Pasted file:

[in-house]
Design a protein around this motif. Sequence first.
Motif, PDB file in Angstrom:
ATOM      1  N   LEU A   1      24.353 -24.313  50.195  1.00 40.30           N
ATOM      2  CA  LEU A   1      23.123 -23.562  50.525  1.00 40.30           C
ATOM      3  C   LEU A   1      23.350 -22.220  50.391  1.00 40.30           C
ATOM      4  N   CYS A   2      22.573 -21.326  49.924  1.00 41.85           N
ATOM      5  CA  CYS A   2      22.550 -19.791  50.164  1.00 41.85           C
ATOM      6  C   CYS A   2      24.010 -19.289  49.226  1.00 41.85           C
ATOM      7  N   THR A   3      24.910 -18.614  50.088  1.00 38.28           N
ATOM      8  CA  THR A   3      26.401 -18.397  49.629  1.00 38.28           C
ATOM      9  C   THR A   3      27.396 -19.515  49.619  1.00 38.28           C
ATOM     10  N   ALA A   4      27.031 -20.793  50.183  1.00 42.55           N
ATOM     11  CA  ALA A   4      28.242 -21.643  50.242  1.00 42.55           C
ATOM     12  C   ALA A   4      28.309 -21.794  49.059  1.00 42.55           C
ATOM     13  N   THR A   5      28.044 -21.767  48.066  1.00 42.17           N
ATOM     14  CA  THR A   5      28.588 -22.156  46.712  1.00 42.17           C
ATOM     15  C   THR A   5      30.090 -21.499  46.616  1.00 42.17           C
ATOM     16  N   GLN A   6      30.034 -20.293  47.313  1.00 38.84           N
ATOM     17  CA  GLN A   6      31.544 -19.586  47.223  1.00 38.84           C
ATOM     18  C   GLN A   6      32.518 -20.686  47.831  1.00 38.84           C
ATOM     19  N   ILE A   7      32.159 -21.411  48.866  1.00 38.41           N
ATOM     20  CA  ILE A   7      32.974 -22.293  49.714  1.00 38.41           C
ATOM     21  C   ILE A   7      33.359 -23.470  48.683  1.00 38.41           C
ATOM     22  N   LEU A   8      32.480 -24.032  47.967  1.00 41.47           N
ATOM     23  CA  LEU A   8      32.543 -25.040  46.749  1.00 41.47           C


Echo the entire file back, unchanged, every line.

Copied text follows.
[in-house]
Design a protein around this motif. Sequence first.
Motif, PDB file in Angstrom:
ATOM      1  N   LEU A   1      24.353 -24.313  50.195  1.00 40.30           N
ATOM      2  CA  LEU A   1      23.123 -23.562  50.525  1.00 40.30           C
ATOM      3  C   LEU A   1      23.350 -22.220  50.391  1.00 40.30           C
ATOM      4  N   CYS A   2      22.573 -21.326  49.924  1.00 41.85           N
ATOM      5  CA  CYS A   2      22.550 -19.791  50.164  1.00 41.85           C
ATOM      6  C   CYS A   2      24.010 -19.289  49.226  1.00 41.85           C
ATOM      7  N   THR A   3      24.910 -18.614  50.088  1.00 38.28           N
ATOM      8  CA  THR A   3      26.401 -18.397  49.629  1.00 38.28           C
ATOM      9  C   THR A   3      27.396 -19.515  49.619  1.00 38.28           C
ATOM     10  N   ALA A   4      27.031 -20.793  50.183  1.00 42.55           N
ATOM     11  CA  ALA A   4      28.242 -21.643  50.242  1.00 42.55           C
ATOM     12  C   ALA A   4      28.309 -21.794  49.059  1.00 42.55           C
ATOM     13  N   THR A   5      28.044 -21.767  48.066  1.00 42.17           N
ATOM     14  CA  THR A   5      28.588 -22.156  46.712  1.00 42.17           C
ATOM     15  C   THR A   5      30.090 -21.499  46.616  1.00 42.17           C
ATOM     16  N   GLN A   6      30.034 -20.293  47.313  1.00 38.84           N
ATOM     17  CA  GLN A   6      31.544 -19.586  47.223  1.00 38.84           C
ATOM     18  C   GLN A   6      32.518 -20.686  47.831  1.00 38.84           C
ATOM     19  N   ILE A   7      32.159 -21.411  48.866  1.00 38.41           N
ATOM     20  CA  ILE A   7      32.974 -22.293  49.714  1.00 38.41           C
ATOM     21  C   ILE A   7      33.359 -23.470  48.683  1.00 38.41           C
ATOM     22  N   LEU A   8      32.480 -24.032  47.967  1.00 41.47           N
ATOM     23  CA  LEU A   8      32.543 -25.040  46.749  1.00 41.47           C